When I was in college in the 1990s, study abroad was still a fairly marginal activity — about as common as majoring in classics.
A few spent a semester in Rome or Paris, but for most of us, the world outside the U.S. seemed far away indeed.
How times have changed. In the short span since the Internet made the world smaller, so to speak, firsthand contact with foreign countries has become something routine, rather than the once-in-a-lifetime “grand tour” it was for my parents’ generation — or even the once-around-Europe backpacking expedition it was for mine. When I taught college students a few years ago, I was astonished at how casually they trotted off to Guatemala, Tel Aviv or Hong Kong.
This is wonderful news — both for Americans’ knowledge of their increasingly interconnected world, and for the understanding that student-ambassadors promote with their mere presence. And despite the growing ubiquity of English, study abroad remains the single best way to master a foreign tongue.
These days, Skype and smart phones keep family in close touch (no more of those Sunday phone calls home). There are fewer variables inherent in the experience, but careful planning can still make the difference between a fun change of scene and a life-and-career-enhancing experience.
Here are some things to keep in mind when considering study abroad — whether in college or not.
♦ If you are studying a language, make a point of putting whatever you’ve learned that day into practice outside the classroom. This was my strategy for learning Spanish in Spain: whatever verb construction we’d drilled that morning, I’d find a way to use it in conversation that afternoon. I’d chat with the baker in the conditional tense, or use the subjunctive on my roommates. Being an active, rather than passive language learner cements knowledge faster.
♦ Strongly consider a homestay over dorms or apartments. Attending class and meeting people for drinks is a superficial experience of a place; living in a local home, hearing your hosts fret over water bills or prepare for holidays, dunks you right into their reality. A family is often multigenerational, meaning there will usually be somebody (maybe everybody) who doesn’t speak English, forcing you to communicate in the foreign tongue. Unless you live with local roommates, it’s also the only way to learn everyday vocabulary: light bulb, parking ticket, etc.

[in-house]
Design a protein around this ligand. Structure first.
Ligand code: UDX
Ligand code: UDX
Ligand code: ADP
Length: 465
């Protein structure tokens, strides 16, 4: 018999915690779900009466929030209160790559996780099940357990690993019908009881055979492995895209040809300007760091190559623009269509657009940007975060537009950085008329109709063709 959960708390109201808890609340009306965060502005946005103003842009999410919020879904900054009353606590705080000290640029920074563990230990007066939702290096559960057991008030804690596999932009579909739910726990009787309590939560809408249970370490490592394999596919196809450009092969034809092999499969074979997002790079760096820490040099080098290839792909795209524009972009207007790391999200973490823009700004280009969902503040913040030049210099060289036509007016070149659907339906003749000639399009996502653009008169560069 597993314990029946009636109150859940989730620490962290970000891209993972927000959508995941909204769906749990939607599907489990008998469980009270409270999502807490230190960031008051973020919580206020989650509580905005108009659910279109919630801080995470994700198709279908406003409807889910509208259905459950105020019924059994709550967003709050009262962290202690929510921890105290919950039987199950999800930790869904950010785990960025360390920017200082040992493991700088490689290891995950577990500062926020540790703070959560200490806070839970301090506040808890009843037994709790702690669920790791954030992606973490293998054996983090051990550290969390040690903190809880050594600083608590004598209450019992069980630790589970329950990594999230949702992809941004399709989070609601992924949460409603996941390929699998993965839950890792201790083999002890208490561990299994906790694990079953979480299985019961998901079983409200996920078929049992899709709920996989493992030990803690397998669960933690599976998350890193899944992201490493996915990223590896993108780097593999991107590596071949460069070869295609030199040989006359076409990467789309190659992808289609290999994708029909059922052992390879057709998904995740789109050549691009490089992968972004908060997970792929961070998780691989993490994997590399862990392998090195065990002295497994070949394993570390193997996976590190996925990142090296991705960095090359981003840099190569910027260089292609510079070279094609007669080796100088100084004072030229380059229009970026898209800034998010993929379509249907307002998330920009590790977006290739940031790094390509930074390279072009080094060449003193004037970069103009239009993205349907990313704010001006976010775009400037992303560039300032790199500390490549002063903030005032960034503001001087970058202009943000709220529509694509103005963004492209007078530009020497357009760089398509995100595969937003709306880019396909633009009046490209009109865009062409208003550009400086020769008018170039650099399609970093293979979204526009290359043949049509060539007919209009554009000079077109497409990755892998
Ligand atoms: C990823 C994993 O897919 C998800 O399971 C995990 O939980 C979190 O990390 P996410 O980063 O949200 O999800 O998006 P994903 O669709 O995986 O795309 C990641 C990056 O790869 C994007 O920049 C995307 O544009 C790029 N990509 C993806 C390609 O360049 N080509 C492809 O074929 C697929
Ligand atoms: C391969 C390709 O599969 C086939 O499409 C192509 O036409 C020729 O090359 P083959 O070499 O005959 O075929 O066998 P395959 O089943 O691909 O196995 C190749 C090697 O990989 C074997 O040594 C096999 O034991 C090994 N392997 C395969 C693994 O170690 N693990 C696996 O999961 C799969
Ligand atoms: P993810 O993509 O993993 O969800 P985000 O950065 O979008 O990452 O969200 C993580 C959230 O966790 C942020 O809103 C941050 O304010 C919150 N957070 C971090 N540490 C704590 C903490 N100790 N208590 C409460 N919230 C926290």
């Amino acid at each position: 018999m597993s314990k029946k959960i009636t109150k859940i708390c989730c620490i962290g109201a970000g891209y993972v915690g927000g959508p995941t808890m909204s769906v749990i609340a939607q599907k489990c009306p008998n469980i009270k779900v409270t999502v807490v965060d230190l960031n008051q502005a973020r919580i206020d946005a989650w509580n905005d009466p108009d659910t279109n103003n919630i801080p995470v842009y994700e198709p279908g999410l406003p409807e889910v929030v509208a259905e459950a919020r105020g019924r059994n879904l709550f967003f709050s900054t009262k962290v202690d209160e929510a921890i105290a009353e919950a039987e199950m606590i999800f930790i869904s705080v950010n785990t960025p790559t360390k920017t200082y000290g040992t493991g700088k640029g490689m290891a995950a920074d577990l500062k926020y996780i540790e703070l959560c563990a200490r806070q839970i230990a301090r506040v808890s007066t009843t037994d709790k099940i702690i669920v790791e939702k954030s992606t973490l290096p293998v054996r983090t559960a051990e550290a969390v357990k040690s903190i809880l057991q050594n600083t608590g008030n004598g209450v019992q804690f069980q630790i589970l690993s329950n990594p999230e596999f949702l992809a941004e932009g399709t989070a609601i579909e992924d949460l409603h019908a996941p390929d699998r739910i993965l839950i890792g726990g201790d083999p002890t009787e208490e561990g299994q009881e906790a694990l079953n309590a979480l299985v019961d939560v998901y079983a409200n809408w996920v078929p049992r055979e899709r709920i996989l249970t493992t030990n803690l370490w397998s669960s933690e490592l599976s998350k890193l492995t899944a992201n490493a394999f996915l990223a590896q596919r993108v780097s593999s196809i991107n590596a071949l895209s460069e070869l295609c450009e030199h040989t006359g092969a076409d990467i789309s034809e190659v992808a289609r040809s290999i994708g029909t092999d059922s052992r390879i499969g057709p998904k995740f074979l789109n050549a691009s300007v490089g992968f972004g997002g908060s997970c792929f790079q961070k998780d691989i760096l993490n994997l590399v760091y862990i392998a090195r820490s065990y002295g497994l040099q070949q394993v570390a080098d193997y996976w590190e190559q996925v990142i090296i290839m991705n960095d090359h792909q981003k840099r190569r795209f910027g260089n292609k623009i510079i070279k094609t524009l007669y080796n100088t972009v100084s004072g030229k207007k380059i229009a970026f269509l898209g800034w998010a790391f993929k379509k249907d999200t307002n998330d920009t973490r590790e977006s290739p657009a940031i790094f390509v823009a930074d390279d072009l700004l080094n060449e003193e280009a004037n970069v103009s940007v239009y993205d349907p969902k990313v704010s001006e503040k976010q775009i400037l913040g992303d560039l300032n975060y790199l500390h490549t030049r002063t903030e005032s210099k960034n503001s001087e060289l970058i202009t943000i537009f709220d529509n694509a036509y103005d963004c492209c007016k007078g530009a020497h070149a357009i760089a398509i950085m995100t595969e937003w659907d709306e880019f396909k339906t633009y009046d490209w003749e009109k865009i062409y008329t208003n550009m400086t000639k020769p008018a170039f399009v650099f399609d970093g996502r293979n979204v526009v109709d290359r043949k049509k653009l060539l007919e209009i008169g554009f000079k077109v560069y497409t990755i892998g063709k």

♦ Make a huge effort not to socialize exclusively with other Americans or English-speakers. This is the hardest advice to follow: in a new land, it’s natural to seek the comfort of friends from your own turf. But too many students come back with only sloppy mastery of the language, and they miss the opportunity for intercultural perspective. Push yourself to socialize out of your linguistic and cultural comfort zone. As I always tell students, you have the rest of your life to speak English to Americans.
♦ Notice what locals do, and challenge yourself to live their way temporarily. Wait until 10 for dinner in Morocco and see how it changes the rhythm of your day. Take the riposo in Italy instead of cursing closed-up shops. Switch your breakfast cereal for fish soup in Japan. You may not enjoy the change, but more often than not, participation rather than observation reveals the logic behind the customs. (After a few very late nights with Spaniards, I fully understood the siesta.)
♦ Choose your destination with an eye toward personal and professional ambition. While Americans tend to see study abroad as a cultural experience, their European counterparts view it as a way to enhance their resumes, and there’s no reason why it can’t do both. Lots of people advise looking beyond the traditional stalwarts of Britain, France and Spain for more exotic, less-developed countries. A year in Indonesia or Belize is going to yield an entirely different experience — and skill set — than a year in Paris or Berlin. Think about what your priority is: Mastering a language? (Some take far longer than others.) In Vienna, a music or art student can become immersed in nearly-free operas and museums; in Central America, every American is an English tutor waiting to happen; in Stockholm, you can do a high-tech internship with one of the many startups. All of these opportunities can enhance your future back home.
♦ Remember, it’s never too late to study abroad. Having lacked the time during college, I arranged my own three-month language study in Italy the following year; I did two summers in Spain later in my 20s. Both times, I was surrounded not only by 20-year-olds, but also by Europeans and Asians in their 30s, 40s and 50s who were indulging their intellectual curiosity and having a fabulous time.